This is probably the make-or-break week if the heavily anticipated fight between Floyd Mayweather and Manny Pacquiao is going to be made. While it isn't impossible for talks to extend into next week and a deal still be reached, at some point or another, each fighter needs to make alternate plans in the event they don't face each other.
Mayweather plans to fight on May 2 in Las Vegas regardless of whether it's Pacquiao or someone else, such as Miguel Cotto. Pacquiao will fight on May 30, most likely against Amir Khan, if a deal can't be finalized for a Mayweather fight.
Pressure on all sides involved is intense from the media and the public. Negotiations have been ongoing on-and-off for five years, and the demand for the fight has never been higher. There is great pressure on Mayweather, CBS Corp. CEO Leslie Moonves, Showtime Sports executive vice president/general manager Stephen Espinoza and adviser Al Haymon on the one side and on Pacquiao, HBO CEO Richard Plepler, HBO Sports president Ken Hershman, Top Rank CEO Bob Arum and adviser Michael Koncz on the other.
Have no doubt that if a deal is not reached, an angry public will never be fooled again, and the failure to make the fight will harm the careers of all involved.
But HBO Sports has come under particular scrutiny in recent days. Last week, I pointed out how it couldn't afford to be perceived as an obstacle toward making the fight. In a Monday column on MLive.com, David Mayo wrote that the only way the fight happens, in his opinion, is if Pacquiao pressures HBO to make it.
It is incumbent on both sides to stay at the table, but the fact that Time Warner/HBO has little reason to push for Mayweather-Pacquiao this year remains, even while CBS/Showtime has every reason to deliver it, and until the former gets shoved into the negotiating inferno by Pacquiao and/or his promoter Bob Arum, the fight won't get made. And inevitably, because Mayweather plans to fight May 2 regardless who it is, and Pacquiao's backup plan if he doesn't fight Mayweather on May 2 is an alternate date of May 30, guess who has to walk away from the table first?
There have been many similar opinions expressed, in newspapers, online and on sports talk radio.
That prompted HBO Sports to take the unusual step on Monday of putting out a statement at the end of the business day in New York. The statement was not attributed to any single person, but to HBO Sports in general.
Essentially, it said, 'Hey, if this fight doesn't happen, don't blame us.' What this statement means in relation to where the talks stand is anyone's guess, but it's clear that the executives at HBO are feeling the heat from a very demanding fan base.
The statement in its entirety:
We are not an impediment to this fight. We stand ready to go. The principals need to agree to terms and come to a deal.
The principals, of course, are Mayweather and Pacquiao. Pacquiao has repeatedly said he's agreed to anything Mayweather has requested: He'll accept a 60-40 purse split that favors Mayweather. He's agreed to the drug testing protocol that Mayweather wants. He's agreed to fight on the date (May 2) and in the venue (MGM Grand in Las Vegas) that Mayweather wishes. He's agreed to things such as who walks to the ring first and who is introduced last. He's agreed to the type of gloves to be worn.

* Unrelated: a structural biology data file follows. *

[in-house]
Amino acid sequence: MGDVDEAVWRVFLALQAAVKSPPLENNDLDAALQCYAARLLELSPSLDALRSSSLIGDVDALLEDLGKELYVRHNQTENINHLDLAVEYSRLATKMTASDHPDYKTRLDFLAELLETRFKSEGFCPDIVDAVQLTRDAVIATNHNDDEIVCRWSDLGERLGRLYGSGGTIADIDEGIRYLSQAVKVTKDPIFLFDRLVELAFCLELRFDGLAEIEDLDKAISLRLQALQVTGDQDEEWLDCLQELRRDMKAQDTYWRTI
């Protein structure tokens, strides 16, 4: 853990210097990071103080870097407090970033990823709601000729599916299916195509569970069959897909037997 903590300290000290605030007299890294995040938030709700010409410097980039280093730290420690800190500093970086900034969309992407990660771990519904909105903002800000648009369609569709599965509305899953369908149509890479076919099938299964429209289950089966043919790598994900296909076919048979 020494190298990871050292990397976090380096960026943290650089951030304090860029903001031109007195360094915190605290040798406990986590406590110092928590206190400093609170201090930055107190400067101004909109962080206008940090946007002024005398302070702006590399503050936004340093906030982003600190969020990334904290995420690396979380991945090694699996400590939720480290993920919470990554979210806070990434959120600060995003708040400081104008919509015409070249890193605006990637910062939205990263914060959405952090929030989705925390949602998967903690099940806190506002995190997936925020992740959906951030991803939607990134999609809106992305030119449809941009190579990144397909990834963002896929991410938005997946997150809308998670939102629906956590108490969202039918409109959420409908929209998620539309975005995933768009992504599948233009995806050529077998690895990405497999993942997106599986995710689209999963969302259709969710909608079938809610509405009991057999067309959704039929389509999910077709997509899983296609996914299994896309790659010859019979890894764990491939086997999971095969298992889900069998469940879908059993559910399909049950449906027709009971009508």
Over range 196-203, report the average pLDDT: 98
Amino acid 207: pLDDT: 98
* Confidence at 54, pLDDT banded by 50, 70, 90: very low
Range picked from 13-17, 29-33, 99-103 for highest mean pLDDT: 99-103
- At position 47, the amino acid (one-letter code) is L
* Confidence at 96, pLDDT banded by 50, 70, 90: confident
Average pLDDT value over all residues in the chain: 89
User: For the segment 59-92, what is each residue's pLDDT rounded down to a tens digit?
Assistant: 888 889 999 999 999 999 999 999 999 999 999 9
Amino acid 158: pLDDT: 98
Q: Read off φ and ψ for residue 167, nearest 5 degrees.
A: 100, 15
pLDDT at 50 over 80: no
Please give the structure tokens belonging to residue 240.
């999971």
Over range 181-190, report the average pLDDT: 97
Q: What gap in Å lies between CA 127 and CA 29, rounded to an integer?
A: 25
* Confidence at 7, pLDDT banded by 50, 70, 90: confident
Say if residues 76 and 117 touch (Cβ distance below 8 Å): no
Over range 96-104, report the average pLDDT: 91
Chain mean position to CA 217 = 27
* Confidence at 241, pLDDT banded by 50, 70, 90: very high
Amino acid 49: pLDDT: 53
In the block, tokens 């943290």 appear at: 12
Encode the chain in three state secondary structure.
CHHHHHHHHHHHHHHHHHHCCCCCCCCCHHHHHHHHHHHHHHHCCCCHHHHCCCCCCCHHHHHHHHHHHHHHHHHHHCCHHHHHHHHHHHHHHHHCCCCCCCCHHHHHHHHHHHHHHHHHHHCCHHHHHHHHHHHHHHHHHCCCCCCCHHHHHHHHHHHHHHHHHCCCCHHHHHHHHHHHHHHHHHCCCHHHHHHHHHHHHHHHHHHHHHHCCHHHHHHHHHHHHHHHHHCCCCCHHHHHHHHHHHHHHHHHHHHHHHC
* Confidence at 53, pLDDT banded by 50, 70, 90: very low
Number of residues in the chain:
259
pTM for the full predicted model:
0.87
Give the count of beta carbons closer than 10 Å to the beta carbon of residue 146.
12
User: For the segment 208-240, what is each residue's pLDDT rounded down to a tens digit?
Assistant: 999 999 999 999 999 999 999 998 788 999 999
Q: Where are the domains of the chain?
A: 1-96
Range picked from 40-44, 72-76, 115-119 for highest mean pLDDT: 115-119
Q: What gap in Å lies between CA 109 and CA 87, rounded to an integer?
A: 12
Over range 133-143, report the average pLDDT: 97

There isn't much more Pacquiao can do. It's understandable why sometimes Pacquiao feels like he's shooting at a moving target.
But Arum, his promoter, isn't helping the situation and could be hurting it by speaking publicly so often. One day, Arum told Yahoo Sports that there was no deadline on Mayweather to accept and that he had nothing bad to say about him. The next day, he was quoted in a Fightnews.com story saying that Mayweather "was running like a thief."
Arum told reporters last week that the fight was on the verge of occurring, even as Mayweather denied it on social media, and sources on both sides on Friday said a problem had developed that set talks back significantly.
But it's not only Arum.
Mayweather is galavanting around the world, posting to social media, and seemingly enjoying playing the role of a puppeteer. He needs to decide once and for all if he wants to fight Pacquiao. If he does, he needs to quit trying to make everyone jump through hoops and get a deal done.
Boxing has made him rich beyond anyone's wildest dreams and at the very least, he owes it to the fans who have so desperately asked for this fight to give them an honest answer.
If a deal isn't reached, it's going to haunt the careers of Messrs. Mayweather, Pacquiao, Haymon, Koncz, Moonves, Espinoza, Plepler, Hersman and Arum. It is, unquestionably, going to be harmful to their businesses going forward.
HBO seems to get that and put out a pre-emptive strike.
But rather than worry about what is going on in the media, it's high time that HBO, and all others involved, get together and stay together until the fight is made.